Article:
I read the quoted here "Uninhabitable Earth" article in NY Mag and it made me think about the narratives we're taking on. Also, an interesting topic has been brought up here, namely: what stories are we telling ourselves? Where are all these stories coming from?

There is a multitude of false narratives constantly broadcasted (some with intervals for a better “believability” effect, so they feel like they’re hidden from the public). The large body of those messages seem to be creating a certain cohesive reality as well as compliance in people. The tactics employed to entrench some of those narratives are similar to bio-warfare as they create chaos and trauma in people’s nervous systems (please do not take me at my word, feel it yourself, if you wish). These stories entrench themselves, form belief systems that are then propagated by individuals. So, who do you trust to deliver the truth about your reality? Do you feel assertions that are put out there in print with a nice photo are the truth? Do you trust the scientific body to deliver your truth? Who are the figures of authority whose truth you take on as your own? Where do you get disempowered? What is driving the very need for having your reality thoroughly explained? Can you hold some elements of your reality just as possibilities? These are such important questions because we usually grossly underestimate how much of our awareness is actually borrowed.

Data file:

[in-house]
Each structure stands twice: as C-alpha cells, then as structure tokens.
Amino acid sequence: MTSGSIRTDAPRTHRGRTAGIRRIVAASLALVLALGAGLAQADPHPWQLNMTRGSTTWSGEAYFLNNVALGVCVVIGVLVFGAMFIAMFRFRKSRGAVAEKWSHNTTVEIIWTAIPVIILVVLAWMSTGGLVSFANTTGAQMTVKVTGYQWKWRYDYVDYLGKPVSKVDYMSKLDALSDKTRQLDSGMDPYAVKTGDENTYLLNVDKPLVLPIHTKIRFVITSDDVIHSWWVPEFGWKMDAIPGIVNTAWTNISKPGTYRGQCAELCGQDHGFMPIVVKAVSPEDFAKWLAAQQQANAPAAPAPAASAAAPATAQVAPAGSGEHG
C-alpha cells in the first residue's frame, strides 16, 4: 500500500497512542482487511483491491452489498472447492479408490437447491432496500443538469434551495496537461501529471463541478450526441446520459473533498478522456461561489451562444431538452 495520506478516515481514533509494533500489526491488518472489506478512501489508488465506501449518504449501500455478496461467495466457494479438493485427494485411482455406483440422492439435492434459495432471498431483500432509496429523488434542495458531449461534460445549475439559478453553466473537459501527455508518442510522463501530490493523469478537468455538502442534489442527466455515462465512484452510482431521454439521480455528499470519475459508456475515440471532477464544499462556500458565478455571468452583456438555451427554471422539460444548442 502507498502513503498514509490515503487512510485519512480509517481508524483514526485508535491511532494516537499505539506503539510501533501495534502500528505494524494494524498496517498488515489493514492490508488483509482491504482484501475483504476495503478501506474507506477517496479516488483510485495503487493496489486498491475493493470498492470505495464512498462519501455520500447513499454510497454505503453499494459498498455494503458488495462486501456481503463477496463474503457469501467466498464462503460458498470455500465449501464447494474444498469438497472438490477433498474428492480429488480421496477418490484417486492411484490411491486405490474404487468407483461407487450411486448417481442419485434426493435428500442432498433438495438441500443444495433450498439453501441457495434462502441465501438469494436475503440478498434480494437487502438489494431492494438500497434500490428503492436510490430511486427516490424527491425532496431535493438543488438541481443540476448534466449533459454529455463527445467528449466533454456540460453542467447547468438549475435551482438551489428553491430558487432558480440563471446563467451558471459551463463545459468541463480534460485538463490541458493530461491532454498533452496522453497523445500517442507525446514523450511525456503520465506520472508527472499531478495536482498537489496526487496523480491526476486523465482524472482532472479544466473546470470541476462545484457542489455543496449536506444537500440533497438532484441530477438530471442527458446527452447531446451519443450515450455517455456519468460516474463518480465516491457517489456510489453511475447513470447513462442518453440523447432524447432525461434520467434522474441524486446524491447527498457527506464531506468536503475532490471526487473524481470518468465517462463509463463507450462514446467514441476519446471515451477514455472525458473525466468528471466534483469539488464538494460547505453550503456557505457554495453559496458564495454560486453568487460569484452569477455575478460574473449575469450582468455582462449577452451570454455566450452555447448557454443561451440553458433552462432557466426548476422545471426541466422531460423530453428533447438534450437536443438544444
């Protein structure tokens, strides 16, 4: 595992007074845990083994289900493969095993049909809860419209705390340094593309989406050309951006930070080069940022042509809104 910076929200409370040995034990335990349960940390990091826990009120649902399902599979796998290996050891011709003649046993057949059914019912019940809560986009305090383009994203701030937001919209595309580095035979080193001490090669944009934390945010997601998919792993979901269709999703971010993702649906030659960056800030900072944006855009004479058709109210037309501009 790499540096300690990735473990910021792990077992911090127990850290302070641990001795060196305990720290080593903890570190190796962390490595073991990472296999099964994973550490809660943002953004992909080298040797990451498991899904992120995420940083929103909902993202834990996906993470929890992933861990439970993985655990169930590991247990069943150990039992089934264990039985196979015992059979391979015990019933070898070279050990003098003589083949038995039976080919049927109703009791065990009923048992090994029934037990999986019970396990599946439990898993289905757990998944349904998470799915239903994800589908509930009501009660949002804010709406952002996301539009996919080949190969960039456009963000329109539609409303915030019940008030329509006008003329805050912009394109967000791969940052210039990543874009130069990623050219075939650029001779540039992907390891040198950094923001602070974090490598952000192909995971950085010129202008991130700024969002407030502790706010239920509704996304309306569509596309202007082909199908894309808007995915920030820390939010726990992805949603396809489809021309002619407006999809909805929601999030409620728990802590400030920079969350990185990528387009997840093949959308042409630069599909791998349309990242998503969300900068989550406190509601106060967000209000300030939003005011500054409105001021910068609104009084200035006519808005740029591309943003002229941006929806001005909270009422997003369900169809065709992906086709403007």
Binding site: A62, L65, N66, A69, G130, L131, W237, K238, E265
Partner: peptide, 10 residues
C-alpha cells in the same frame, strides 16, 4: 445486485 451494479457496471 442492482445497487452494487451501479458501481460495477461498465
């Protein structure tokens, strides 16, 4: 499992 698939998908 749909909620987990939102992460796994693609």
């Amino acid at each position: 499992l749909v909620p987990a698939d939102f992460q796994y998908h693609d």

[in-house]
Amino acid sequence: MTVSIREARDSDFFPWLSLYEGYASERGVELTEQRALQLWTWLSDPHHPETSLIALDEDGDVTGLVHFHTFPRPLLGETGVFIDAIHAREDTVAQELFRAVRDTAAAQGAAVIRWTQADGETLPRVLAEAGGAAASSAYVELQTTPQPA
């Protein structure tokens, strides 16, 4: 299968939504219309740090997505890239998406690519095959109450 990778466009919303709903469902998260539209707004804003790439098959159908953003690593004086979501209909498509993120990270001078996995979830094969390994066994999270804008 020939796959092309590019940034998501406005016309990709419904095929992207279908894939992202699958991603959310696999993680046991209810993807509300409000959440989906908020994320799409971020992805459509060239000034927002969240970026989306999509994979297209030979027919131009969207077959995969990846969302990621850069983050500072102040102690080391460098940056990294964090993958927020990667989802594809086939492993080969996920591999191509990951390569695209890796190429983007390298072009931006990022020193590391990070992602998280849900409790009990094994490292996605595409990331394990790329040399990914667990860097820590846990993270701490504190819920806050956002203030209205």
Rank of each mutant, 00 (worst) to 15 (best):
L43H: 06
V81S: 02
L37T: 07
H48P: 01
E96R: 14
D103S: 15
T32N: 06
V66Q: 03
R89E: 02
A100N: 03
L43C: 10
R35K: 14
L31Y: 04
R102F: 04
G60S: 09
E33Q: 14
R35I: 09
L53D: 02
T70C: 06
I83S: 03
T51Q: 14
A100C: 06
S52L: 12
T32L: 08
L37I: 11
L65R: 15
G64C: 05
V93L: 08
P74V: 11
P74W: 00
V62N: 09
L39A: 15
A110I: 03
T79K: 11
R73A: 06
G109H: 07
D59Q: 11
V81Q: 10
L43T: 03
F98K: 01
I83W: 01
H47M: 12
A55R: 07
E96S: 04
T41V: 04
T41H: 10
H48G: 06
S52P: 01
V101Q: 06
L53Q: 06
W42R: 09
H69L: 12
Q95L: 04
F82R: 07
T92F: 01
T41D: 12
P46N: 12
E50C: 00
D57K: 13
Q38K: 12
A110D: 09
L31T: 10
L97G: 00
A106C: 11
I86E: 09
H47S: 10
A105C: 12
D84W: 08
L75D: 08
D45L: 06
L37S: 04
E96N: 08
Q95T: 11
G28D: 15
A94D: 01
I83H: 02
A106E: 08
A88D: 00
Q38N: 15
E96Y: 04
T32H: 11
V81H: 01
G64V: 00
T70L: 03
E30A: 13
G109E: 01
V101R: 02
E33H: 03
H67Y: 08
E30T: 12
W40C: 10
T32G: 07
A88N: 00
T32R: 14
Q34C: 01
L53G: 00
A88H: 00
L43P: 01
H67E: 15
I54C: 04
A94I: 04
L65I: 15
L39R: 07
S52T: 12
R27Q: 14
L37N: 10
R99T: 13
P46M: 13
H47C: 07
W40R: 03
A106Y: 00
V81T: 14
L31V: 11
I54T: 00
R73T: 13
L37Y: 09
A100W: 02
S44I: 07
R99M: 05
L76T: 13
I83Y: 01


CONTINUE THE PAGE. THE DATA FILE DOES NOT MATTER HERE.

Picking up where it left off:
The name of the game is consciousness, so it is of importance what we are perpetuating with your attention and what are we inciting in others. Is it conscious? Do you feel the necessity of convincing others of your truth? Why? What belief systems are you emotionally invested into? It is an awesome exploration that may shed light at the wounds or blind spots we all are carrying.

 

Getting back to the mind control topic: The article quoted here earlier is to me a great example of mind control in action (in fact, it is a really awesome example because it attempts to incite fear around the 3 main pillars of apocalypse programming, such as fear of war, cataclysm and plague). It is an old program (I call it a program because it acts like a software in your nervous system) mainly perpetuated by religions and cults over millennia. As you take a closer look, this particular article attempts to engage the limbic system, it has a certain rhythm that induces a semi-hypnotic state, it’s riddled with slippery slope fallacies, lacks broader context, contains exaggerations of factors (the bit on Syrian war) that lead the reader to the inevitable conclusion that is presented over and over and over again (by repetition your brain gets to internalize a message bypassing the prefrontal cortex). That’s your alarmist programming in a pure form. Further, it breathlessly goes over dramatic arguments without the smallest break to think. That’s because you are not supposed to think! It’s not meant to explain anything, it just puts it out to you in the most digestible form – via the limbic system language of fight-or-flight.

 

So, what happens when you take on this kind of belief system, you meditate on it, you tell your friends? You embody it. I’m not advocating denial or the “stay positive” stance. But if you fear a cataclysm, why not going straight to the fear of death without taking on the whole belief system? We are on an individual journey, which to me is more of a destructive process. There is often a temptation to replace one belief system with another, more woke one, so you may feel like progressing, but in fact this may be just another iteration of the same, safe, false reality (been there, done that). But, hey, there is wisdom and a potential lesson in that too and who is to say you shouldn’t have that experience! 

 

Margaret